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given

S=\x.\y.\z.x z (y z)

and

K=\x.\y.x

I cannot understand how two beta equivalent forms of the same expression (S K K) yield different results in untyped lambda calculus if I start from the (S K K) form or the equivalent expanded form:

(S K K) = ((S K) K) -> ((\y.(\z.((K z) (y z)))) K) -> (\z.((K z) (K z))) ->
(\z.((\y.z) (K z))) -> (\z.z) -> 4 reductions!

(S K K) = \x.\y.\z.x z (y z) \x.\y.x \x.\y.x -> 0 reductions!

It seems the compressed and the expanded form have different parenthesizations, indeed the first one is parenthsized as:

(S K K) = ((S K) K)

while the second as:

\x.\y.\z.x z (y z) \x.\y.x \x.\y.x =
(\x.(\y.(\z.(((x z) (y z)) (\x.(\y.(x (\x.(\y.x)))))))))

Does anyone have any insight into this??? Thank you

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closed as off topic by casperOne Dec 8 '11 at 17:13

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You should probably ask this on math.stackexchange.com –  casperOne Dec 8 '11 at 17:14

2 Answers 2

up vote 4 down vote accepted

Check out the formal definition of lambda calculus on Wikipedia. An abstraction and an application always have a set of enclosing parentheses. This means more correct definitions of S and K are:

S = (\x.\y.\z.x z (y z))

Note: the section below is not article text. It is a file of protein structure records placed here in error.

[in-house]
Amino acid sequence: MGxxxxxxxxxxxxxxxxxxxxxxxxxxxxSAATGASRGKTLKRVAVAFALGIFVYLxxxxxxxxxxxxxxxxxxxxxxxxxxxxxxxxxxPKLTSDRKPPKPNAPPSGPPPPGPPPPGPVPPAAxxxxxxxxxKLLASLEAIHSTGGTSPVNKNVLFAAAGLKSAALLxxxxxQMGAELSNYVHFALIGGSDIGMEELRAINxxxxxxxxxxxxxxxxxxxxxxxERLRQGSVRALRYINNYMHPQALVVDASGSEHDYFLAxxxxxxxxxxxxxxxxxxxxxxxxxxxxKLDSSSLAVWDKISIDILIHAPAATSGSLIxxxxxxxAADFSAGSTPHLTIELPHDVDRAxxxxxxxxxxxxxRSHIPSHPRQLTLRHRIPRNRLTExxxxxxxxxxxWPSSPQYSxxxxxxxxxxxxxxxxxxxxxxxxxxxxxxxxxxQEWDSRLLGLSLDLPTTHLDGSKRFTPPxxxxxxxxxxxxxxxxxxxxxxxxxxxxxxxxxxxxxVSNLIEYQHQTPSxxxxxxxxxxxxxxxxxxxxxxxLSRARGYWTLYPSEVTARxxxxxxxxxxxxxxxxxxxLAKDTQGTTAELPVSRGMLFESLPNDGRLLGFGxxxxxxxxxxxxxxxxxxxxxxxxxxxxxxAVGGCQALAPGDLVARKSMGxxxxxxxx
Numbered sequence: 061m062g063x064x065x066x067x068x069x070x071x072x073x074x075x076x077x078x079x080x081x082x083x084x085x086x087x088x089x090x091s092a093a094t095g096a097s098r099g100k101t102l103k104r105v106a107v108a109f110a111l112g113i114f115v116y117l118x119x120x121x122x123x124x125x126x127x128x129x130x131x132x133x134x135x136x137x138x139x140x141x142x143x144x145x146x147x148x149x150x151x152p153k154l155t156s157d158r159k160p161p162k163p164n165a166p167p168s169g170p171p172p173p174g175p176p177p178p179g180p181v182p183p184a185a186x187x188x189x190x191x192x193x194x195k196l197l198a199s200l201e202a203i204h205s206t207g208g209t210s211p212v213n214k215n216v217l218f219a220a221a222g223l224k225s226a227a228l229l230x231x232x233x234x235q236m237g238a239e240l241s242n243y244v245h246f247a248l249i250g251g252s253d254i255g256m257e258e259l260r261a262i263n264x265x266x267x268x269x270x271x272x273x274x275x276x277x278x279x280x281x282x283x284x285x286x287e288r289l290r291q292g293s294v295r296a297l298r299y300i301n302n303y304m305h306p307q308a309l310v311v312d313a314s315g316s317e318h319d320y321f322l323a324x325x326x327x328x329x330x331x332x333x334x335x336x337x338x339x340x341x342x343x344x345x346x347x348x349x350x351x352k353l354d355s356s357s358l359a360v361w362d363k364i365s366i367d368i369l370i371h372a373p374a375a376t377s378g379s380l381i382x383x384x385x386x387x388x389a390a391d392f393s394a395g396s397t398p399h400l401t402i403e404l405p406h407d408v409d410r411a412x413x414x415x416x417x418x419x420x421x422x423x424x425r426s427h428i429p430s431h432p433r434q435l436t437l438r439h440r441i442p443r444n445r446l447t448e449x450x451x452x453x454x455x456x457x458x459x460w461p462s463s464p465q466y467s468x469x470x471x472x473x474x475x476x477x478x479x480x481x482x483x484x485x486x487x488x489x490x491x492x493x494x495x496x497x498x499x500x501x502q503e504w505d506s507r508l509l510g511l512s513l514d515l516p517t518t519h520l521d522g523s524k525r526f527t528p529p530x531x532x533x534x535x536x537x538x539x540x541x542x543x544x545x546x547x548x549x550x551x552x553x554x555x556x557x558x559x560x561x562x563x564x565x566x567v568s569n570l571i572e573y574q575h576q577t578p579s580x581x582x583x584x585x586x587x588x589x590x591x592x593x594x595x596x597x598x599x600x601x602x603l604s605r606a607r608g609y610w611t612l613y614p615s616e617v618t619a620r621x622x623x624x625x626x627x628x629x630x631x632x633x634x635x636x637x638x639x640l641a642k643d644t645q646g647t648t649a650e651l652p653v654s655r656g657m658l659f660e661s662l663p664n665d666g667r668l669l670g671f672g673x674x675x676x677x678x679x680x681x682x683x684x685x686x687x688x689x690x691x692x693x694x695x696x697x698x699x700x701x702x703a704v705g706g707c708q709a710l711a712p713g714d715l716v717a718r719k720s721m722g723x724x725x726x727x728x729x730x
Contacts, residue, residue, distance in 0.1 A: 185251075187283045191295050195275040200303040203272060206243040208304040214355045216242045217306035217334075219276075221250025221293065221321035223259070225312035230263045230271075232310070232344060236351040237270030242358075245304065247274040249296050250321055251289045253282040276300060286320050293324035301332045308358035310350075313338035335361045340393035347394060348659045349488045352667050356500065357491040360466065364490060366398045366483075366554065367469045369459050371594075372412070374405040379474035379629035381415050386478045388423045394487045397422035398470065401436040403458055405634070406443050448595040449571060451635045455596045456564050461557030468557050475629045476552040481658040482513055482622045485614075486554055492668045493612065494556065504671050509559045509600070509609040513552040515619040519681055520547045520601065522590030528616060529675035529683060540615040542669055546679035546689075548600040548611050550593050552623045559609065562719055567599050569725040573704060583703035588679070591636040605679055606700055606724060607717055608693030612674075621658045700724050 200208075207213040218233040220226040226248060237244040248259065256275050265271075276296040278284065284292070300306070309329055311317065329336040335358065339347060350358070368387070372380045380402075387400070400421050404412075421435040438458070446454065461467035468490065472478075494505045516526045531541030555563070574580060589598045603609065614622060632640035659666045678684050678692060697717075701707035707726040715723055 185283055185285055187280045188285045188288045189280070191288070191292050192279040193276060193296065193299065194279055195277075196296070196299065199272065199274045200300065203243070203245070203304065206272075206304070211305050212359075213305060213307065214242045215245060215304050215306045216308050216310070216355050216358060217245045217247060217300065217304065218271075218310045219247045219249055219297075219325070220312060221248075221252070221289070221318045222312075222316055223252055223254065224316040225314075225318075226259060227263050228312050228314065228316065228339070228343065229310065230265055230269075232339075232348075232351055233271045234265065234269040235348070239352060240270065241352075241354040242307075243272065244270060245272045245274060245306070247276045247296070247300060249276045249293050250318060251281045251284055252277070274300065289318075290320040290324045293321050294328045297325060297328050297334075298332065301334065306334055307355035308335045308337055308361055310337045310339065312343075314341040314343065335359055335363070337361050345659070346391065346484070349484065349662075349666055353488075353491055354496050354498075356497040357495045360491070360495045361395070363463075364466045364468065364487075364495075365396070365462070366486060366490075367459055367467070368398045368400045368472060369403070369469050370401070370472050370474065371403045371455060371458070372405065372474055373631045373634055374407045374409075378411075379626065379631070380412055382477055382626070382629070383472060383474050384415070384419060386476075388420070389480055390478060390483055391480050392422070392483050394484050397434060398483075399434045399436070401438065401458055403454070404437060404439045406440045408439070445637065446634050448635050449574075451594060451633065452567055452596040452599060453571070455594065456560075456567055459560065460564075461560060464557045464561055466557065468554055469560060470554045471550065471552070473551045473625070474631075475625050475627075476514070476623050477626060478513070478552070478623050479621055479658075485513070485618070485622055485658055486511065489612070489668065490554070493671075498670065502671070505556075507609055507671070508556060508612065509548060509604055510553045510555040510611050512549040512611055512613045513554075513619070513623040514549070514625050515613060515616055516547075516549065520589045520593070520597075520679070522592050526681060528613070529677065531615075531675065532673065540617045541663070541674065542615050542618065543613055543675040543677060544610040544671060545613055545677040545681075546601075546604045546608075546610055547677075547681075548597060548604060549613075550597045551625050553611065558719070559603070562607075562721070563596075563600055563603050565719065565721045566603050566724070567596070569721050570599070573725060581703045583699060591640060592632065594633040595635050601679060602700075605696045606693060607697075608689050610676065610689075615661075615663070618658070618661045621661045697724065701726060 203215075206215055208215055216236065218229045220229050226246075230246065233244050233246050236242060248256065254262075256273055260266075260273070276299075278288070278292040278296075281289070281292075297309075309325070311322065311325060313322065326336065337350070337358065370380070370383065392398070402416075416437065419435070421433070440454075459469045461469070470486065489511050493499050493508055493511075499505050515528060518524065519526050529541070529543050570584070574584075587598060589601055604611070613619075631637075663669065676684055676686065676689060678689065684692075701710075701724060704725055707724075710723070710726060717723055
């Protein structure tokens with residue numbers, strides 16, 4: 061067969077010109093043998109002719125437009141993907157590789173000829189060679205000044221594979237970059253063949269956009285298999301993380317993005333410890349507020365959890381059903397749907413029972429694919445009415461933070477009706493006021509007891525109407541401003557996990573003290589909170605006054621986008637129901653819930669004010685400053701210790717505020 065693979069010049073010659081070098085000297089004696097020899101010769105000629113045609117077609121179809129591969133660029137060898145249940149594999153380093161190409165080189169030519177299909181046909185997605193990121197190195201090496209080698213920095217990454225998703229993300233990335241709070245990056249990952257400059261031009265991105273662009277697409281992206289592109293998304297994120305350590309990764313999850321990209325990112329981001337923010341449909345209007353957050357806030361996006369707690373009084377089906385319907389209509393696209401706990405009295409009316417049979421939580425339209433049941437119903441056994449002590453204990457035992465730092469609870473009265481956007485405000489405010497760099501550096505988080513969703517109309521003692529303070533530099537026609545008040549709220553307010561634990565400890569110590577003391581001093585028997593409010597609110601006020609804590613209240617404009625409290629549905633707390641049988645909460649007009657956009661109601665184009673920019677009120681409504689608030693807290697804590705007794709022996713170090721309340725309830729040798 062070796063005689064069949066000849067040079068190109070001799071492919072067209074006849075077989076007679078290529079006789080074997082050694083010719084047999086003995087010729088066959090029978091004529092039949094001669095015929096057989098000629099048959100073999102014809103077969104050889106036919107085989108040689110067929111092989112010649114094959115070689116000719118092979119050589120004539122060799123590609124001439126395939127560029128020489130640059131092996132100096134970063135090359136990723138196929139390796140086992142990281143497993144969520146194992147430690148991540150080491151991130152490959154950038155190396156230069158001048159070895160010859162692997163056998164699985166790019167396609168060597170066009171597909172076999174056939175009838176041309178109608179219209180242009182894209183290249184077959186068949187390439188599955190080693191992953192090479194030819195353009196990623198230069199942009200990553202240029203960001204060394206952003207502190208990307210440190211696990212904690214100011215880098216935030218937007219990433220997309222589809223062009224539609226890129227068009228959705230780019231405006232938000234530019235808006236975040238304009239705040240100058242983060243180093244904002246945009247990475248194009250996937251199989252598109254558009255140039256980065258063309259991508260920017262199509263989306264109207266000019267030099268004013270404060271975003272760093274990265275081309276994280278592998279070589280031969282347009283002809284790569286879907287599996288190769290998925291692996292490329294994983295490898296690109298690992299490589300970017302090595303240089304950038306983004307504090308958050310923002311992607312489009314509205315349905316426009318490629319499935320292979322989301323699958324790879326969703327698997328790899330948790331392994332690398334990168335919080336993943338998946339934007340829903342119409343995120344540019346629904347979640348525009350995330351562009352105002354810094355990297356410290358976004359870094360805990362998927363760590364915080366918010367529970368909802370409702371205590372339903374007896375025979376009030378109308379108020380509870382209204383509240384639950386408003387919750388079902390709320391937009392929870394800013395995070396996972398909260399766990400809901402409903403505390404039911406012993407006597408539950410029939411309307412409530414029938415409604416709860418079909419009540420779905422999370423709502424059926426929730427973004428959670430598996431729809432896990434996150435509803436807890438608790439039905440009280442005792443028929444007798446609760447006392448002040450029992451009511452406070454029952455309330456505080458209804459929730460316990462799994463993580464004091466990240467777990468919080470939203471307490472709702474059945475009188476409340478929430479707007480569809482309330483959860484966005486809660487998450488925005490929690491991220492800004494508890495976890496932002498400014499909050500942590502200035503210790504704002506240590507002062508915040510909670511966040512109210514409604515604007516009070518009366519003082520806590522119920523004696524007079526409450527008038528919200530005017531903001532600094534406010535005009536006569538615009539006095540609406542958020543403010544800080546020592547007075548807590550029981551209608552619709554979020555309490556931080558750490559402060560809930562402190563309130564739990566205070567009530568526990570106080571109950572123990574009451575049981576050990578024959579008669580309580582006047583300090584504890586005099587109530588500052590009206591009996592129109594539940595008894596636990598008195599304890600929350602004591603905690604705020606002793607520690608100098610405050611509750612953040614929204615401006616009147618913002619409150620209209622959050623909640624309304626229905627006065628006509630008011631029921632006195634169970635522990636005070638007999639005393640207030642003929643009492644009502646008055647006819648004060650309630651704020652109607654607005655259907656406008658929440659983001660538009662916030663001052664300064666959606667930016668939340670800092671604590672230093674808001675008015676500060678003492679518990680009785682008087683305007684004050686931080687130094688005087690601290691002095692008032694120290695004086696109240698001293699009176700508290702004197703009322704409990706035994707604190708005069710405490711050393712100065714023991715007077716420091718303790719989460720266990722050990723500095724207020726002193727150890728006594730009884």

and

K = (\x.\y.x)

Substituting these in (S K K) gives the correct result.

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That was illuminating.. thank you.. –  dendini Jan 28 '12 at 18:15

In (S K K), some parentheses are implicit. This form is an abbreviation for ((S K) K) since function application is always binary and is considered left-associative.

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but if I have to execute (S K K) and decide to transform it in its expanded form (S K K) = \x.\y.\z.x z (y z) \x.\y.x \x.\y.x and parenthesize it from this expanded form, shouldn't I get the same result? After all they are two equivalent representations of the same formula! –  dendini Dec 7 '11 at 17:13
    
@dendini: if you evaluate (S K K), you must first insert the missing parentheses, if not on paper/screen then at least in your head. –  larsmans Dec 7 '11 at 17:15
    
So you're saying that S is equivalent to \x.\y.\z.x z (y z), K is equivalent to \x.\y.x however (K S S) is not equivalent to \x.\y.\z.x z (y z) \x.\y.x \x.\y.x because (K S S) is equivalent to ((K S) S) which is not equivalent to \x.\y.\z.x z (y z) \x.\y.x \x.\y.x ??? I am still a little puzzled.. –  dendini Dec 7 '11 at 17:19
    
@dendini: there are implicit parentheses in lambda calculus notation. This should be in your textbook, in a notation section or similar. –  larsmans Dec 7 '11 at 17:24

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